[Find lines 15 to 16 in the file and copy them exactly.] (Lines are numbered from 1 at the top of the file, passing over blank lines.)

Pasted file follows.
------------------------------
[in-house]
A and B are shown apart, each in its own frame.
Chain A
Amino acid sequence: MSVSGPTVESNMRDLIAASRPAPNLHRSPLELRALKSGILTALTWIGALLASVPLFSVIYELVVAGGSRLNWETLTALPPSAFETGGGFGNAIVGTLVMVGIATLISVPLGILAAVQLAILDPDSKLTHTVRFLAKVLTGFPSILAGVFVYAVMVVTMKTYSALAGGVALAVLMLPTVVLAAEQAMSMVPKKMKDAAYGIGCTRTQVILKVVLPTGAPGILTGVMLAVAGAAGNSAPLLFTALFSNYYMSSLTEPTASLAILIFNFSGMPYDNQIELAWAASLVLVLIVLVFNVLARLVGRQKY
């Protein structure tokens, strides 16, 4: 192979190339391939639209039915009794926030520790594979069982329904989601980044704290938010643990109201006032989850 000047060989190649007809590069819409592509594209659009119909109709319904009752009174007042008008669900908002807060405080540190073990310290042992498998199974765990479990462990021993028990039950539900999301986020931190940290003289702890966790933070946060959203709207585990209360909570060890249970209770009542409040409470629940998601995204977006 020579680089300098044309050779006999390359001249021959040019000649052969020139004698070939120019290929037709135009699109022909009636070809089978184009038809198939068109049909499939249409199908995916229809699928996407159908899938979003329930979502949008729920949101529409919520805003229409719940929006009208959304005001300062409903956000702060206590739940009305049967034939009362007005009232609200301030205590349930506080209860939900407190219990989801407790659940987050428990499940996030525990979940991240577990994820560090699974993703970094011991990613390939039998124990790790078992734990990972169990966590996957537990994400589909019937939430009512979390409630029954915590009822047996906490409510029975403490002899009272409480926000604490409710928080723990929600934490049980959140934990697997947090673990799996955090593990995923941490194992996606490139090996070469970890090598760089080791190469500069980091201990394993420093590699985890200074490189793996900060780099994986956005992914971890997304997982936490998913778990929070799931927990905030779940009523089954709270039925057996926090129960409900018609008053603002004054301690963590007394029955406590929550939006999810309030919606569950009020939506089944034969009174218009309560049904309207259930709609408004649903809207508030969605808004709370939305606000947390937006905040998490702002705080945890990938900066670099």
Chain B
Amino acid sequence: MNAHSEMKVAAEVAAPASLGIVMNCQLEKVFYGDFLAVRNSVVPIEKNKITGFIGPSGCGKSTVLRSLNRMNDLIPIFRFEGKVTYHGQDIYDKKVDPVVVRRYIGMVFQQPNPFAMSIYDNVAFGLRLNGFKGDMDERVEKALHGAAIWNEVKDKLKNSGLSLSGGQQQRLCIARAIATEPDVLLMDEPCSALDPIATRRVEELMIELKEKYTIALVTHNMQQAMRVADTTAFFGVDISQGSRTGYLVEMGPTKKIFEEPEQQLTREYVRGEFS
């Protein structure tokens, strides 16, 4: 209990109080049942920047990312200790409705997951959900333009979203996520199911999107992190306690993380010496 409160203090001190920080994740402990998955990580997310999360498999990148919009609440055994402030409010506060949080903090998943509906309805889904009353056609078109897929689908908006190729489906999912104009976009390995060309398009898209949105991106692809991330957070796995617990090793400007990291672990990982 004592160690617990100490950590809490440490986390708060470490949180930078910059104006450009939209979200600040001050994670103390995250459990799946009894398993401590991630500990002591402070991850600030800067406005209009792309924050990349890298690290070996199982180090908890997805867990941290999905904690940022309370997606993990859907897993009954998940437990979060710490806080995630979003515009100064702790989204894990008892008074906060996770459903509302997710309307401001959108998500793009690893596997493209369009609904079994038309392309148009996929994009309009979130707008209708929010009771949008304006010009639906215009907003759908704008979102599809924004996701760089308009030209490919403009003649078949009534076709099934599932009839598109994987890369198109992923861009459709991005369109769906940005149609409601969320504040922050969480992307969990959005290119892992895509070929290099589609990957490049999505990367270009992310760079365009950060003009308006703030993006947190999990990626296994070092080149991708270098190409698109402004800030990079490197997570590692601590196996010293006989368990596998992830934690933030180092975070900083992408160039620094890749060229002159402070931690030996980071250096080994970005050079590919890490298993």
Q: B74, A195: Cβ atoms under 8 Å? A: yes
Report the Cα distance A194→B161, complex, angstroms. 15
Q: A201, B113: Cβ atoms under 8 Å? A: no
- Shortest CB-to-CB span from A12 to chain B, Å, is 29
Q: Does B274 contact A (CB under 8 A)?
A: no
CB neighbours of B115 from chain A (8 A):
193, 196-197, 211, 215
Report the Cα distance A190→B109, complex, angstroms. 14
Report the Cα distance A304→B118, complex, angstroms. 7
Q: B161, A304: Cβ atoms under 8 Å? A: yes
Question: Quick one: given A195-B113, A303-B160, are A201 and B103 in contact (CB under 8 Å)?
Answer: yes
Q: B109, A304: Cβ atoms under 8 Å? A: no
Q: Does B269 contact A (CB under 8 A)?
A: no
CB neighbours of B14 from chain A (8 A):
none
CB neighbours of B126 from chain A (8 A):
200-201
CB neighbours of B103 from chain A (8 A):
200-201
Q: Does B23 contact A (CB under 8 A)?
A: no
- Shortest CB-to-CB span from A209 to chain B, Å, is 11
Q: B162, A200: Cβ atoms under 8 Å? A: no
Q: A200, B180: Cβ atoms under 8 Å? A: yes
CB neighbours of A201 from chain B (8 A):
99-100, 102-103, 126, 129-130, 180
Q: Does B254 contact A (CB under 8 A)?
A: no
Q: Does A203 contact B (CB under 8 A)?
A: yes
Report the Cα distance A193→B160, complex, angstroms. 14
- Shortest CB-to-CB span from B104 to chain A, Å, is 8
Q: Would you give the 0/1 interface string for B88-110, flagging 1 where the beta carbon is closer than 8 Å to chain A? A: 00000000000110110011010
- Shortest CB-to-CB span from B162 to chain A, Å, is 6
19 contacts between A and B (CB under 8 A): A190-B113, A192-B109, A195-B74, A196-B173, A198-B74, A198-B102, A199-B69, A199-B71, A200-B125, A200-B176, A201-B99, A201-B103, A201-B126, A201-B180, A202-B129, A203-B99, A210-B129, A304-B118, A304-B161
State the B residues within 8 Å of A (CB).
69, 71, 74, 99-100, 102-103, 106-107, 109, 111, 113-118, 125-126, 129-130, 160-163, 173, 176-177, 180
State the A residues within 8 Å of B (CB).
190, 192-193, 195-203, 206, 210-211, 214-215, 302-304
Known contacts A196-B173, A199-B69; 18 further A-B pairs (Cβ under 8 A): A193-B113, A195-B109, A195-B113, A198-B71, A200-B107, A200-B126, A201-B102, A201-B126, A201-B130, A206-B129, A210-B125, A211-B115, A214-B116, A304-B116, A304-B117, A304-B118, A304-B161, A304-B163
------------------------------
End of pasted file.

CB neighbours of B115 from chain A (8 A):
193, 196-197, 211, 215